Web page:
Judge makes Cablevision pause

Ruling: Remote storage DVRs infringe on copyrights

A federal judge in New York has sided with Hollywood in its next-generation DVR fight with Cablevision.

Cablevision said it is considering an appeal of the ruling by U.S. District Court Judge Denny Chin, who decided last week that the proposed DVRs would have infringed on studios' content copyrights by storing recorded programming remotely on the company's computer servers.

Cablevision aims to do away with expensive set-top boxes in the homes of its DVR subscribers. In theory, the service also would allow customers to watch TV shows on-demand even if they hadn't preprogrammed their DVRs to watch the shows.

Hollywood studios and networks owned by Time Warner, News Corp., Viacom and the Walt Disney Co. sued the New York-based cable operator in May over the so-called remote storage DVR, or RS-DVR, proposal. Cablevision was the lead proponent of such systems, but other cable operators also support the concept.

Networks argued that an RS-DVR was not a DVR at all but an unauthorized VOD service that would allow Cablevision to reap the rewards without sharing profits with content rightsholders.

The legal victory by studios was viewed a positive for the pioneer DVR service TiVo, whose 4.4 million subscribers pay monthly and use the company's proprietary set-top boxes. TiVo shares initially spiked 3% early Friday on news of the legal decision before closing at $6.21 on a modest 10-cent gain.

Some analysts Friday called the decision a setback for consumers.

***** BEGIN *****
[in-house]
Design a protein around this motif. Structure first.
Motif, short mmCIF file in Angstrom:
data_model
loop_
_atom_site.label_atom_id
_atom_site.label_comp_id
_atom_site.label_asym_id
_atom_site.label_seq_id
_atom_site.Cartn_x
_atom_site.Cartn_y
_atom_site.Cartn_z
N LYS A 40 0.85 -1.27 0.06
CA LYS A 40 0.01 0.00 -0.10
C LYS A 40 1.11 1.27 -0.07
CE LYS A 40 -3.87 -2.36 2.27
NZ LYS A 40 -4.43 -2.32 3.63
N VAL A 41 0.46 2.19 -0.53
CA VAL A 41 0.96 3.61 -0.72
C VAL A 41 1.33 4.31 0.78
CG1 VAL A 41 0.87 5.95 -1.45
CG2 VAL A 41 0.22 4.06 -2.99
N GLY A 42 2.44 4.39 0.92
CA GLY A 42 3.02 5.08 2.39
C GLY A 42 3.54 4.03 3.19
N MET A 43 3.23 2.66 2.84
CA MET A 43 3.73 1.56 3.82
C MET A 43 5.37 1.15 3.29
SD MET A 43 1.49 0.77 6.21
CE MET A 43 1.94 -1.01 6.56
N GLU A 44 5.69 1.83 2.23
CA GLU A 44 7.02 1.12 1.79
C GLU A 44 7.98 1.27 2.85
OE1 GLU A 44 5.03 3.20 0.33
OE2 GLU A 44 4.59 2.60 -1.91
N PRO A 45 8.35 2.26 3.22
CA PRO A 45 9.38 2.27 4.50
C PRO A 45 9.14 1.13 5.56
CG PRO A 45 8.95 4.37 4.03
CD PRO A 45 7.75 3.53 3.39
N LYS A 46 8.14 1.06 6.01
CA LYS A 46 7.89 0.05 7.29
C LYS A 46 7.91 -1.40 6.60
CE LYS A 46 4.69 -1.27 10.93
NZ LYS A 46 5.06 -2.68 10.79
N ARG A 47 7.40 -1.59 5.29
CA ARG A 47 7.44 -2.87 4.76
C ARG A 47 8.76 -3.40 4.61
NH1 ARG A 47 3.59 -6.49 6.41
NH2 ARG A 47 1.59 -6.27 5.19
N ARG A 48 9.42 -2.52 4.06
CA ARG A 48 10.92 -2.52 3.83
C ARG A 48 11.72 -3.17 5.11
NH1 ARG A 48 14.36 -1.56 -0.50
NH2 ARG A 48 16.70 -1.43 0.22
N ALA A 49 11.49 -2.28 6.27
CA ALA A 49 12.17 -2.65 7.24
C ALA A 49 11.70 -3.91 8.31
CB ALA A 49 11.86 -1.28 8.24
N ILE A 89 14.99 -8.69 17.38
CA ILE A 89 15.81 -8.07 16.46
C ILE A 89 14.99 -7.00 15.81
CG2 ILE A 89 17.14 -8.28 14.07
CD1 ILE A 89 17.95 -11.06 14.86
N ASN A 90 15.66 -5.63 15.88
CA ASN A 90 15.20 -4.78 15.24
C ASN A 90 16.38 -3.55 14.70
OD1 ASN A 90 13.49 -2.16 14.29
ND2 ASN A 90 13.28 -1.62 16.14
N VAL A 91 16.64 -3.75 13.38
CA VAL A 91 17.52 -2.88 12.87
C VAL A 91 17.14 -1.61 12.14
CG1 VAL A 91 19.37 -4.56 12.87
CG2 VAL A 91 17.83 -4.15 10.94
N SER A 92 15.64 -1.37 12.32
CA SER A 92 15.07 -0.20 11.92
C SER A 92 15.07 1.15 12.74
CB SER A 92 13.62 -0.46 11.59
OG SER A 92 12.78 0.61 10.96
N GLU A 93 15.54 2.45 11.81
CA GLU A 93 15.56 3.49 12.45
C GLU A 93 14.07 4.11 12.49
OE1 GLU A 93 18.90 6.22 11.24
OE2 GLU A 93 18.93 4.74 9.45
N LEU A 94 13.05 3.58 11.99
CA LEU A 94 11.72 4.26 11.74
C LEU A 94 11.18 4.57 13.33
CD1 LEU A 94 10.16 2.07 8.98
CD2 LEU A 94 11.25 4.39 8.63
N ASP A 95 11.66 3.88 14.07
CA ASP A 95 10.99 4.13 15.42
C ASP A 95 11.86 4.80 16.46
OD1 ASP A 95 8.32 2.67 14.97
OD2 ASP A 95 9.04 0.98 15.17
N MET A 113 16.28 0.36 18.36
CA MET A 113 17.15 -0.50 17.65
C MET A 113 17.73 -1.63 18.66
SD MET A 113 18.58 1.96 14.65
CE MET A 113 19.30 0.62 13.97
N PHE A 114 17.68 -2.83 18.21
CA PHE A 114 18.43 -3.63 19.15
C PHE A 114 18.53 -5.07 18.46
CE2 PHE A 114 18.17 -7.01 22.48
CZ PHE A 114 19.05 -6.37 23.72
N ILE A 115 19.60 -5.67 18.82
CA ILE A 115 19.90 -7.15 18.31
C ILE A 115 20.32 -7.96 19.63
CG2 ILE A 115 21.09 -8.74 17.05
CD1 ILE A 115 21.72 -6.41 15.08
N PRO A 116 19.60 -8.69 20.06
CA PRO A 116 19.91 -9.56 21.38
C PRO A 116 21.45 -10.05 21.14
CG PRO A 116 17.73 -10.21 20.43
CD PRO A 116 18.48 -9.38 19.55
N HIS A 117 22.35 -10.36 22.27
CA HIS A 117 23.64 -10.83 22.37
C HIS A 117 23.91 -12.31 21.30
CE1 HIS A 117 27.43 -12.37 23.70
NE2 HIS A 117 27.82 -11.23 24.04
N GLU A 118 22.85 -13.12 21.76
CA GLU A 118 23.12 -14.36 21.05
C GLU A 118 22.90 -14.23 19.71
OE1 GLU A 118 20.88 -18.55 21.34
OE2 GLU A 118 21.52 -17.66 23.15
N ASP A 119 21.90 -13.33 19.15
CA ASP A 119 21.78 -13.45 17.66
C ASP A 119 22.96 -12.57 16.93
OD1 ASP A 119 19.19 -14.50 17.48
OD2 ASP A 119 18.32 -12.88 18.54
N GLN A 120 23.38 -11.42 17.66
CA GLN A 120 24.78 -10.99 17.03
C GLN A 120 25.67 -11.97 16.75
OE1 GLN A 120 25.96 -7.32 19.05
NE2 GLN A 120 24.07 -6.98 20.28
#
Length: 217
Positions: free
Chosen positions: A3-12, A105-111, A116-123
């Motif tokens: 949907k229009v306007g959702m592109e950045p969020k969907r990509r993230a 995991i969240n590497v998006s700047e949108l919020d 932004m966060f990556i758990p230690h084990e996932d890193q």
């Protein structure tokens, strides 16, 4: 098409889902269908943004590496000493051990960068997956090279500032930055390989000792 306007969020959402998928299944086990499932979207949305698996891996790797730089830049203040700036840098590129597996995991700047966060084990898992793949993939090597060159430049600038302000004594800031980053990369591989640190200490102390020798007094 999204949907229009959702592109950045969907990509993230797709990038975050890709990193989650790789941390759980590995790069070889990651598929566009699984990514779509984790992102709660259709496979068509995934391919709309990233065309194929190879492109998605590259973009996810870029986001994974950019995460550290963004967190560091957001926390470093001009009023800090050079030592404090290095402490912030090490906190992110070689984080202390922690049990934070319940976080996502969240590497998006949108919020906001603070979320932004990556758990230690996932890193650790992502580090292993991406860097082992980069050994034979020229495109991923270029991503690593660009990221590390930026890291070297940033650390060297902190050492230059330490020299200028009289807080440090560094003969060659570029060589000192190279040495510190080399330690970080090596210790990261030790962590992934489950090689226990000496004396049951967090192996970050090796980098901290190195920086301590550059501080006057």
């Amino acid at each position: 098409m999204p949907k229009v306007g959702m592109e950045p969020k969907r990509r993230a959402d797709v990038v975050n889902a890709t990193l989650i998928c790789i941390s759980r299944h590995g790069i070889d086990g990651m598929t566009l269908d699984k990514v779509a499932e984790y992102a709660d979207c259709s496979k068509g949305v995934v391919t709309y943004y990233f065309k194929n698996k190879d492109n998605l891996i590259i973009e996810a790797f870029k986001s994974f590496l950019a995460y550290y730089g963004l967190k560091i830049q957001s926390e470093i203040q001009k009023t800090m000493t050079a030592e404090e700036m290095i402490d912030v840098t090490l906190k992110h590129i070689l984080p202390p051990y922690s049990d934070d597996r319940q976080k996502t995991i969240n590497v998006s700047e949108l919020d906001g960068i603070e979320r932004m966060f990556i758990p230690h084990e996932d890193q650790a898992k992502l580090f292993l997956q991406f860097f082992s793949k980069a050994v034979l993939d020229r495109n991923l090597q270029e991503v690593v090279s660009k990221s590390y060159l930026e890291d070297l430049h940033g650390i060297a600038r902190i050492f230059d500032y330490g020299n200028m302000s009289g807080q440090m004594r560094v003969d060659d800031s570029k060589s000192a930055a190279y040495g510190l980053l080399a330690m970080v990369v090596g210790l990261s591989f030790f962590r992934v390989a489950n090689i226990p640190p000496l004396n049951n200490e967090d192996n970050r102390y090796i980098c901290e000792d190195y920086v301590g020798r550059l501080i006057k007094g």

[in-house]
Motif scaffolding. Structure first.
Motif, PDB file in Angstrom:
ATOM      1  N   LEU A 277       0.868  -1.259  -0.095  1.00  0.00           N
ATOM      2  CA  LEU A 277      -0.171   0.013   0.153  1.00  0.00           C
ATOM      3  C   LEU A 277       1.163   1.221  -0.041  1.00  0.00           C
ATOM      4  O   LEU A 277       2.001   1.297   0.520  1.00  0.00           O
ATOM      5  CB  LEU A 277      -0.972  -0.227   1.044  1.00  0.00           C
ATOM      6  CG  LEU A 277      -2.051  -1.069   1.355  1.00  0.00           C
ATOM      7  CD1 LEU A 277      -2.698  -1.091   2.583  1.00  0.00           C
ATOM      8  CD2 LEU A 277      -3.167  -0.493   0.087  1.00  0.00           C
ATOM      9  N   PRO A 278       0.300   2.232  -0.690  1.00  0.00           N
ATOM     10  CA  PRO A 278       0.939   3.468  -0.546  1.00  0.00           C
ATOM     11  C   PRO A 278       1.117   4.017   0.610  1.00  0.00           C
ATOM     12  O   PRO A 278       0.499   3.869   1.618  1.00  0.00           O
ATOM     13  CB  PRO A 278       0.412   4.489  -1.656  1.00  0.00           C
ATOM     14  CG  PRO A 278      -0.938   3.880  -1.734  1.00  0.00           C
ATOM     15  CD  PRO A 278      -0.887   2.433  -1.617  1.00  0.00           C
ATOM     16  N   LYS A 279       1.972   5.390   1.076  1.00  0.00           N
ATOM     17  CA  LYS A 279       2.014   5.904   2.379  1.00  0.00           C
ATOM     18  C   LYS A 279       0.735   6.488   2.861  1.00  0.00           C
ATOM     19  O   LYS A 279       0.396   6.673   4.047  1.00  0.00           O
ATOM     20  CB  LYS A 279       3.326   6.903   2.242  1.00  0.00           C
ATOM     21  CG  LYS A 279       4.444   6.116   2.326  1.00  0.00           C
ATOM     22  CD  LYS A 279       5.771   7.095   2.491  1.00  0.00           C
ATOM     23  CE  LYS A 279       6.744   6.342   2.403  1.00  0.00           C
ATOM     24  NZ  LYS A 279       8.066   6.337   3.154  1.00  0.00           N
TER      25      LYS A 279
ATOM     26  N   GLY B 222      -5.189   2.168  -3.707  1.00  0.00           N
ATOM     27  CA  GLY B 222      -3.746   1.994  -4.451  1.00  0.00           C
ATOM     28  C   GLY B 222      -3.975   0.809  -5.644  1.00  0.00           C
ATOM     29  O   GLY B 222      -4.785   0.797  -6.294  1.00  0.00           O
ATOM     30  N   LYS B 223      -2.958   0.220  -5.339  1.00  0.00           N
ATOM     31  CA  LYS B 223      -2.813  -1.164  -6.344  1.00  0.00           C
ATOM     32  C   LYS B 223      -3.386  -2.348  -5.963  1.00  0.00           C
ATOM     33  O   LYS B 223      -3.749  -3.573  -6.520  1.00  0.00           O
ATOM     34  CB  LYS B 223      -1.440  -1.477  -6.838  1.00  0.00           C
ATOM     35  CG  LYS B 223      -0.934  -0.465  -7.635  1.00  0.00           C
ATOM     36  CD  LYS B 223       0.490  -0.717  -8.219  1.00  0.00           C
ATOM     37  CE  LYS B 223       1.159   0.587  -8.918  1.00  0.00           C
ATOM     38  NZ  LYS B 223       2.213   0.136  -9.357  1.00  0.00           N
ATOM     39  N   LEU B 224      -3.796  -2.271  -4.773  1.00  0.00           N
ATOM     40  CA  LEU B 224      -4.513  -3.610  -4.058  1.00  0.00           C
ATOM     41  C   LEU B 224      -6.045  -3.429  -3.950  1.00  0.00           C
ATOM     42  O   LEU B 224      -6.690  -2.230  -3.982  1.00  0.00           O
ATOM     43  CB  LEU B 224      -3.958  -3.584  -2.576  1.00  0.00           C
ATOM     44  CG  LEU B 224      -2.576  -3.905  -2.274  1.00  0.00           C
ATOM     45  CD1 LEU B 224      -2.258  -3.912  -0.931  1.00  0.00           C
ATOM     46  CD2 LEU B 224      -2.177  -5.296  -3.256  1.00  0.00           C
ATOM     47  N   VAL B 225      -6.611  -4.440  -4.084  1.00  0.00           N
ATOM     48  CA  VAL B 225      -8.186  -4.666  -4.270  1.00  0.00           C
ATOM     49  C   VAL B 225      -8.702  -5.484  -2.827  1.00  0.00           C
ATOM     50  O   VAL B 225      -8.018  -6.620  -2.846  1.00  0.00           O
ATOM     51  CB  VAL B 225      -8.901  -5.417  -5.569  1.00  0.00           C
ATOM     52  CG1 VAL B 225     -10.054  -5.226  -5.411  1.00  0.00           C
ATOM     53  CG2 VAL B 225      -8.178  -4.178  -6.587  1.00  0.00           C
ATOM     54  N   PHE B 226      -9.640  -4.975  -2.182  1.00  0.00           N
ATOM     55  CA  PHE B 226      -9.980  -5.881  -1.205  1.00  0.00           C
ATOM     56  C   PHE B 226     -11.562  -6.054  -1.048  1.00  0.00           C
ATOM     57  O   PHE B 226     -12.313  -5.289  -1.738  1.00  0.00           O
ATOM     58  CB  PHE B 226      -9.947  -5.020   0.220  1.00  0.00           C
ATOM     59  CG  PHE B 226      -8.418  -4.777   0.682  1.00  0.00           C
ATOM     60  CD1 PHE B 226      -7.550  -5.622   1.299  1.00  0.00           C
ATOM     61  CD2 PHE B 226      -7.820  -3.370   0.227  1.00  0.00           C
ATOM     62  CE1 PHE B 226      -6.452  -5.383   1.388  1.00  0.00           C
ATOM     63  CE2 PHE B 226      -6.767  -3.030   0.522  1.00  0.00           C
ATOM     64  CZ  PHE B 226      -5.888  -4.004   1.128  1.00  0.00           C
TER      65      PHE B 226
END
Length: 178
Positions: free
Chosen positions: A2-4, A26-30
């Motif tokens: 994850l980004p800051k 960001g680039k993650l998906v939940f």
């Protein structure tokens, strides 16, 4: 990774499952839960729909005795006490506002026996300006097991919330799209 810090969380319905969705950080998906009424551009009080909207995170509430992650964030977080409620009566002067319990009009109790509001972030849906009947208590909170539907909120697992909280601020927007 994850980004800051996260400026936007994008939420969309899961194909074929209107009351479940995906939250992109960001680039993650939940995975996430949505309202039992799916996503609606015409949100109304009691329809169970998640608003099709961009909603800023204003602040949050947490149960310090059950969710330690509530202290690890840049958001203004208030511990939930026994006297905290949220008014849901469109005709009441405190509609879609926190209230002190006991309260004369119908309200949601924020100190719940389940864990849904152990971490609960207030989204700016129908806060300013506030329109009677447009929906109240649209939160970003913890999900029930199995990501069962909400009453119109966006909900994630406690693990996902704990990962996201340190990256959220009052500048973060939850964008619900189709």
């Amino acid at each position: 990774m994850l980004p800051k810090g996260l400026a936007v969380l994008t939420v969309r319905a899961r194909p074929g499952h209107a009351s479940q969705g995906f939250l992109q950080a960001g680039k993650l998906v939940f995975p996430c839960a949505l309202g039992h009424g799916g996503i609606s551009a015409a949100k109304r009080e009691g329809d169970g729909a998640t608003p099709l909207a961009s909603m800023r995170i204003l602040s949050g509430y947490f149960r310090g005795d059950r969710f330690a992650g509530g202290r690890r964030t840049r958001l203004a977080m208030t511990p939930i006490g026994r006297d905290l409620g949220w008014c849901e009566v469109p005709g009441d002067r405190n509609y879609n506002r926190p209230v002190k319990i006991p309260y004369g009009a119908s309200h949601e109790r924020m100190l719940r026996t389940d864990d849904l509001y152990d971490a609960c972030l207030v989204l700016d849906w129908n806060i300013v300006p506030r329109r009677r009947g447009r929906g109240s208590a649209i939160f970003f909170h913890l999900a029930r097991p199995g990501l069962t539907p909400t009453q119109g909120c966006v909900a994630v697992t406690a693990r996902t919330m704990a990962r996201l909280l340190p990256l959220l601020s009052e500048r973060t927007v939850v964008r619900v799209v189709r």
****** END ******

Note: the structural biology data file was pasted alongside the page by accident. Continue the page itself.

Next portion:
"The cable companies are trying to make content more accessible, and this ruling hinders that," said Sean Badding, senior analyst with the Carmel Group.

Nevertheless, Badding said he wasn't surprised by the judge's decision. "It would have gone against fair use, where the consumer has control of the content," he said. "This would have given too much control to the cable provider."

Badding and others, though, said the RS-DVR still might see the light of day because, for the right price, Hollywood could embrace the idea. "It's always a negotiation," Badding said. "Whatever networks can do to leverage a higher licensing fee, they'll do."

In suits filed at the U.S. District Court in Manhattan, the studios and networks argued the proposed service amounts to inappropriate retransmission of programming because of its remote-storage approach.

"The RS-DVR is clearly a service, and I hold that in providing this service, it is Cablevision that does the copying," wrote Chin, who dismissed a Cablevision countersuit.

Cablevision had argued that RS-DVRs are just as legal as conventional DVRs.

"The RS-DVR is not a stand-alone machine that sits on top of a television," Chin said. "Rather, it is a complex system that involves an ongoing relationship between Cablevision and its customers."

Cablevision said it is reviewing its options.

"We are disappointed by the judge's decision and continue to believe that remote-storage DVRs are consistent with copyright law and offer compelling benefits for consumers, including lower costs and broader availability of this popular technology," Cablevision said.

Cablevision shares fell 31 cents, or 1%, to close at $30.25 on Friday.